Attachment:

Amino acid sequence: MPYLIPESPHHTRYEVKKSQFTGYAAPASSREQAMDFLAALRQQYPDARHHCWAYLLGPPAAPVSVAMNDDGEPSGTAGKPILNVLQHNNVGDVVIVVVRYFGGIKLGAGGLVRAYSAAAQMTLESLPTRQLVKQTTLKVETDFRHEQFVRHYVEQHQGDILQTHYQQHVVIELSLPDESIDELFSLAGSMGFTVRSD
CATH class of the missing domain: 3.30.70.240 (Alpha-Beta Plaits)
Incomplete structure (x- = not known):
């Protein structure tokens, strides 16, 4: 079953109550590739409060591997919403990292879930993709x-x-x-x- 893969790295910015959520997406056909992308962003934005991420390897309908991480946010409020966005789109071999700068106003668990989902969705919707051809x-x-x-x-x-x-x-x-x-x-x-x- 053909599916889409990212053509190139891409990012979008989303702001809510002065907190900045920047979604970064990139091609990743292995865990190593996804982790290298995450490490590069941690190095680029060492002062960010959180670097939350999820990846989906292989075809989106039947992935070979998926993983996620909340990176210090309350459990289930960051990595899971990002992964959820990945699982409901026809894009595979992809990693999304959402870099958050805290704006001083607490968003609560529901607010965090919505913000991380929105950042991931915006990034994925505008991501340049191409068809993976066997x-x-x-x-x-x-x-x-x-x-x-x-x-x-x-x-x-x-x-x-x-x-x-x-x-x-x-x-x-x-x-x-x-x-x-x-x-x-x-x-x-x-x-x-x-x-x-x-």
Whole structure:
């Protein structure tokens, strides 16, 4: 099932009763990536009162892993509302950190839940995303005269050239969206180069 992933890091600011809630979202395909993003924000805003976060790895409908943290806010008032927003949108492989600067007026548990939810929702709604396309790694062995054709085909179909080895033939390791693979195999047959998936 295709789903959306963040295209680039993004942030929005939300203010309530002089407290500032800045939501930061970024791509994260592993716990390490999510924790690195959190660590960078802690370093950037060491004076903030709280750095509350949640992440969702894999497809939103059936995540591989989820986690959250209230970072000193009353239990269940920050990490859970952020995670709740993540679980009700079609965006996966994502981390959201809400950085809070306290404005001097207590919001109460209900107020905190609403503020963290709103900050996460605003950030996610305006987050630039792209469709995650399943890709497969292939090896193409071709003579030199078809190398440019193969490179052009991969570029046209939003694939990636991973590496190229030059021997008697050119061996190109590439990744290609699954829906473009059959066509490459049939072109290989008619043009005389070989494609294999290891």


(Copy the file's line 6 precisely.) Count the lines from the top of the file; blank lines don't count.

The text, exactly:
């Protein structure tokens, strides 16, 4: 099932009763990536009162892993509302950190839940995303005269050239969206180069 992933890091600011809630979202395909993003924000805003976060790895409908943290806010008032927003949108492989600067007026548990939810929702709604396309790694062995054709085909179909080895033939390791693979195999047959998936 295709789903959306963040295209680039993004942030929005939300203010309530002089407290500032800045939501930061970024791509994260592993716990390490999510924790690195959190660590960078802690370093950037060491004076903030709280750095509350949640992440969702894999497809939103059936995540591989989820986690959250209230970072000193009353239990269940920050990490859970952020995670709740993540679980009700079609965006996966994502981390959201809400950085809070306290404005001097207590919001109460209900107020905190609403503020963290709103900050996460605003950030996610305006987050630039792209469709995650399943890709497969292939090896193409071709003579030199078809190398440019193969490179052009991969570029046209939003694939990636991973590496190229030059021997008697050119061996190109590439990744290609699954829906473009059959066509490459049939072109290989008619043009005389070989494609294999290891």